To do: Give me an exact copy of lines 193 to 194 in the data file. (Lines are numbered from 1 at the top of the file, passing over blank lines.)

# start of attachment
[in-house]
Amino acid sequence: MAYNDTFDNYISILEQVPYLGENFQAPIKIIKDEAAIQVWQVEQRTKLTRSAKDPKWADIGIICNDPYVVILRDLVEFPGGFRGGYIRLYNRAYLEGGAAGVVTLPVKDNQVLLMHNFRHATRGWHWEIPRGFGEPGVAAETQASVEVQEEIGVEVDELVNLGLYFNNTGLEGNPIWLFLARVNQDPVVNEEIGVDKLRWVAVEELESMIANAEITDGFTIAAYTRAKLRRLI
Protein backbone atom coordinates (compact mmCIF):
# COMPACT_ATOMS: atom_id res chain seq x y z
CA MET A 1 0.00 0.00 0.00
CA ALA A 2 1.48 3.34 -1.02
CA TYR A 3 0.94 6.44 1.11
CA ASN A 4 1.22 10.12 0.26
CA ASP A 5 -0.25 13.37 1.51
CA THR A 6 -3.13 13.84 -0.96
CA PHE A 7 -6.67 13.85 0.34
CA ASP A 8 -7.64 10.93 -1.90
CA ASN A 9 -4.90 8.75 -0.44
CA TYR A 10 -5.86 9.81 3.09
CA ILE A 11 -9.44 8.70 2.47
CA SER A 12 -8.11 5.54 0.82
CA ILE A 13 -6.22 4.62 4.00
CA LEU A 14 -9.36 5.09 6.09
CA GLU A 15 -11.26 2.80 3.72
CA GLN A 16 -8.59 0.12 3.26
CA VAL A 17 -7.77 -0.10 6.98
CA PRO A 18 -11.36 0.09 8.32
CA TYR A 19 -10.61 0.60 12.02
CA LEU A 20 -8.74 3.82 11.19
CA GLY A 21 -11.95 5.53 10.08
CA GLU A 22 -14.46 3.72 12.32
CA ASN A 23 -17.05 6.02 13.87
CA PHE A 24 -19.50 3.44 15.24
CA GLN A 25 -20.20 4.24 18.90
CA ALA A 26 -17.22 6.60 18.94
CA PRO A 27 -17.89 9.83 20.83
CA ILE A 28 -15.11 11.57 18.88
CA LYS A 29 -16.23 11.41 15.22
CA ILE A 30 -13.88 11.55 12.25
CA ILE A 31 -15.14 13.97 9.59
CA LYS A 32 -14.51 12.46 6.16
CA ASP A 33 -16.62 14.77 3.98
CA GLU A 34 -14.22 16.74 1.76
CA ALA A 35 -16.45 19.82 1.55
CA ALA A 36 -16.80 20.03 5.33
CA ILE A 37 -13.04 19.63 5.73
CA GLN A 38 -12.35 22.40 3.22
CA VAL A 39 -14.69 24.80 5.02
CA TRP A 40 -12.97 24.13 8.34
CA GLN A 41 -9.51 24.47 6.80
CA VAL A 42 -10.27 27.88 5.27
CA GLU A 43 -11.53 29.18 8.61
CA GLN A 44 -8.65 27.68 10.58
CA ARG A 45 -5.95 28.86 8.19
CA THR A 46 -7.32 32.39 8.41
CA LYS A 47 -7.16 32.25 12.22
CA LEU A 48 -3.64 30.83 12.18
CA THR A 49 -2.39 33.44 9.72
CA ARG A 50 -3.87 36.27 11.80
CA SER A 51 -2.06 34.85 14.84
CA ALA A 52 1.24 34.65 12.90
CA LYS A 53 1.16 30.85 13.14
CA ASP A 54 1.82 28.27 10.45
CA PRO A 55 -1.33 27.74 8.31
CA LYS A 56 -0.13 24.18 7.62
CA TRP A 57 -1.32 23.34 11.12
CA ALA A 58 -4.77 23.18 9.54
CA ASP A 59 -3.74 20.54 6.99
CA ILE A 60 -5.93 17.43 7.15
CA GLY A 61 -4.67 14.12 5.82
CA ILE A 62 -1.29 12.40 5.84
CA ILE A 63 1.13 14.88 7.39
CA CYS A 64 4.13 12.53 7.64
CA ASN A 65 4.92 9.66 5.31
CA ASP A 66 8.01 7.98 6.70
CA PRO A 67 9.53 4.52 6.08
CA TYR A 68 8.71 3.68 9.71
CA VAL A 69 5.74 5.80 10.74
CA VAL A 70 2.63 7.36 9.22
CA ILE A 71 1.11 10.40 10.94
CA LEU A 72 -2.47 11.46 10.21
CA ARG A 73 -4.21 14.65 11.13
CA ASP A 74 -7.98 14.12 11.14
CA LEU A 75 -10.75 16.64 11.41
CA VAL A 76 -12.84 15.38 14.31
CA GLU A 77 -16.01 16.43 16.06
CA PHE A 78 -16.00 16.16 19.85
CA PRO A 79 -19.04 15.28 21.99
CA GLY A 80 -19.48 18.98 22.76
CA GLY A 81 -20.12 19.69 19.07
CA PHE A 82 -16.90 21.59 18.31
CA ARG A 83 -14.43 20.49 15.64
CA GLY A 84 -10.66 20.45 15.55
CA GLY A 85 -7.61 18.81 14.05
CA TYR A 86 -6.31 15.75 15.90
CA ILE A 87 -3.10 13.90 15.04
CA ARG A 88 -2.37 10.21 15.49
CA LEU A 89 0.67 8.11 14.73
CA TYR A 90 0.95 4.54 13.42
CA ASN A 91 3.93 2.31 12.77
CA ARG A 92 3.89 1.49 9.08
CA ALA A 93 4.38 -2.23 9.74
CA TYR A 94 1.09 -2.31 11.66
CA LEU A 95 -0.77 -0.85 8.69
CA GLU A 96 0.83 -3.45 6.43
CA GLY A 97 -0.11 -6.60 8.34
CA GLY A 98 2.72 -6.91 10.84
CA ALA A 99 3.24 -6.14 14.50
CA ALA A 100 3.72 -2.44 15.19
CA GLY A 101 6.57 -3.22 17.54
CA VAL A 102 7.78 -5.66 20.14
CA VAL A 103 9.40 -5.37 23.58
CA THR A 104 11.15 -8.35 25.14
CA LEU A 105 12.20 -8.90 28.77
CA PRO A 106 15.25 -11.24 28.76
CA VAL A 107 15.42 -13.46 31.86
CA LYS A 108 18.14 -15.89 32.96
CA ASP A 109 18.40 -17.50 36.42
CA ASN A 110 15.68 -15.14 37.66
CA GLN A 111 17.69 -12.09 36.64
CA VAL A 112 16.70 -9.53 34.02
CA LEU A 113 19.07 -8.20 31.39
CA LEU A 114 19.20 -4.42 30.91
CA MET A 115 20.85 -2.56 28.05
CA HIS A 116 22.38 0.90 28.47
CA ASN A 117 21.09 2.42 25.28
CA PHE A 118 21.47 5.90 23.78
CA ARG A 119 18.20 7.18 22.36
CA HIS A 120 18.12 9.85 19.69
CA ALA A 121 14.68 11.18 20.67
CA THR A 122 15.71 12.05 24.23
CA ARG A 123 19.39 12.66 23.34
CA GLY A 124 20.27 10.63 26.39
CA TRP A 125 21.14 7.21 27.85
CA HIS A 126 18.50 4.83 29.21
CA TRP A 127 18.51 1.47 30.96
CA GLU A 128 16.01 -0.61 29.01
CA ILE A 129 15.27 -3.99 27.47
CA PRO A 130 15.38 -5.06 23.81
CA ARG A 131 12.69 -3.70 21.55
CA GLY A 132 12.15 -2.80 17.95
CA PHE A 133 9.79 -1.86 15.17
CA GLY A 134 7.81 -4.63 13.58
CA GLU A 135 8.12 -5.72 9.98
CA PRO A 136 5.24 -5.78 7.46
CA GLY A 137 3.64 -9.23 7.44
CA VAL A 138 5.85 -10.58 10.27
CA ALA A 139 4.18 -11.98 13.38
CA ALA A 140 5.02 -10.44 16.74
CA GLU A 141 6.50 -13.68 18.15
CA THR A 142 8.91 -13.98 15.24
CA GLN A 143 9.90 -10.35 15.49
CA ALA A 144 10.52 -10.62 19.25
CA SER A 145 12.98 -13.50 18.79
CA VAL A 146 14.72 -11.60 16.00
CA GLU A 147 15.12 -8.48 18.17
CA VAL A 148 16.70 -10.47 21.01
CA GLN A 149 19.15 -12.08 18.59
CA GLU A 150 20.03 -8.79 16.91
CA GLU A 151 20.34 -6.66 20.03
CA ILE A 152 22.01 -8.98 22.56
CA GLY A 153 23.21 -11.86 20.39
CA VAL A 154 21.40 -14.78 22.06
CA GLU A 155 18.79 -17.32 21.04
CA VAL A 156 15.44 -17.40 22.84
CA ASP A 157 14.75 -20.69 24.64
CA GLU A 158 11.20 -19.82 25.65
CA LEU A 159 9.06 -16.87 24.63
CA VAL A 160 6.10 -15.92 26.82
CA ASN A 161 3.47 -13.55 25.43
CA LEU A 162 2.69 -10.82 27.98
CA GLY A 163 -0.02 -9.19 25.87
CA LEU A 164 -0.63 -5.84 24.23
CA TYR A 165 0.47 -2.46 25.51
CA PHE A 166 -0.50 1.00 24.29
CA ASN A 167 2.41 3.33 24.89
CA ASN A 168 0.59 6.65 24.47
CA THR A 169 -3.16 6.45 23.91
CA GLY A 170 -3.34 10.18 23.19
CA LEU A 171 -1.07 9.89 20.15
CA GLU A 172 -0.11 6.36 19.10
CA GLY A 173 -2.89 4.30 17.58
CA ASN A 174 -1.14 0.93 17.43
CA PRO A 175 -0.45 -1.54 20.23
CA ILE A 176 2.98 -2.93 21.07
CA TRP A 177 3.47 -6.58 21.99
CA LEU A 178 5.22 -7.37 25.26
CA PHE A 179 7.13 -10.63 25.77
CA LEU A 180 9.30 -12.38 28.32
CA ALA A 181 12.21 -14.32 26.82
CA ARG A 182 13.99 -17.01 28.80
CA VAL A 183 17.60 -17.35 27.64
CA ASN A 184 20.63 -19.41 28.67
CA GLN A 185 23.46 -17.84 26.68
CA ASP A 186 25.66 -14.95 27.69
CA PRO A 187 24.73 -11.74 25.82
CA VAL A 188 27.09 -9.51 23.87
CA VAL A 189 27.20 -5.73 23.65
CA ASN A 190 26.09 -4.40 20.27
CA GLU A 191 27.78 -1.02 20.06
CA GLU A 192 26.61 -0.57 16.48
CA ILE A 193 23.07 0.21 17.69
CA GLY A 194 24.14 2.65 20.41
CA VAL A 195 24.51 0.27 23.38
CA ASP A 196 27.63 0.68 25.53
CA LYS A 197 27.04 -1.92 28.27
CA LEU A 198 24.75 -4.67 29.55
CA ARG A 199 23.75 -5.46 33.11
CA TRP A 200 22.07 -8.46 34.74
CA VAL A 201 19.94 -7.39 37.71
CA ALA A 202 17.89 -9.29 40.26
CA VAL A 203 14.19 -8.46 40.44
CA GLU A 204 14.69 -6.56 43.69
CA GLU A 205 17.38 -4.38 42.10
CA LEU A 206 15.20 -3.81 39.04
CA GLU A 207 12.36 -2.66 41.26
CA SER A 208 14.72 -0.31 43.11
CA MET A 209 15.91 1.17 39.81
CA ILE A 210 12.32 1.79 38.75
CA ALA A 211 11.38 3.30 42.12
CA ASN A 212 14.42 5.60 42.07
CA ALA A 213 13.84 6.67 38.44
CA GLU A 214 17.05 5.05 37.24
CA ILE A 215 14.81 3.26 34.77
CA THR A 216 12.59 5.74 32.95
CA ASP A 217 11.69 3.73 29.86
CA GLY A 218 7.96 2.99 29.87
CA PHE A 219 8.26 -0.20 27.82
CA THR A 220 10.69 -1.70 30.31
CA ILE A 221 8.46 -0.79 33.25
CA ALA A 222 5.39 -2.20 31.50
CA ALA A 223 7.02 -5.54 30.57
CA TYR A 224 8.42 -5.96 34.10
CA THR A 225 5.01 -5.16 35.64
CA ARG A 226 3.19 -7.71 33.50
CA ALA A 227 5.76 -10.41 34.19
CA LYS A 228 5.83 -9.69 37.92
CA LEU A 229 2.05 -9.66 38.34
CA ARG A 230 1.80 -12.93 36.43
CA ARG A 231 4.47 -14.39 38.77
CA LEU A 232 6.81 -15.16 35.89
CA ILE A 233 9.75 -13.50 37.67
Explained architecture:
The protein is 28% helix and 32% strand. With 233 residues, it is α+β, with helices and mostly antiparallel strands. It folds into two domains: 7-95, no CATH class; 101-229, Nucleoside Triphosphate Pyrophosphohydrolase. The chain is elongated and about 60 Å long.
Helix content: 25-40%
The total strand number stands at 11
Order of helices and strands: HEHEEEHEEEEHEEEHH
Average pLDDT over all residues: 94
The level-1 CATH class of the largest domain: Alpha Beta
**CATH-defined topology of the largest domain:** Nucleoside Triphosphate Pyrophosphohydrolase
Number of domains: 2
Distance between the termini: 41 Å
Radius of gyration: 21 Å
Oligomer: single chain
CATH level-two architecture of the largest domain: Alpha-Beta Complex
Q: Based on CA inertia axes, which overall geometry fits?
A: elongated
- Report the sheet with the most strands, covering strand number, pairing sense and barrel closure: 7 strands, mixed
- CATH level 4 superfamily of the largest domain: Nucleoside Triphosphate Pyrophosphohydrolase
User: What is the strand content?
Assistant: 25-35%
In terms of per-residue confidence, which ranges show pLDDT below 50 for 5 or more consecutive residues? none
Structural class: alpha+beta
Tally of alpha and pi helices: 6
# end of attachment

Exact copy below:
CA VAL A 189 27.20 -5.73 23.65
CA ASN A 190 26.09 -4.40 20.27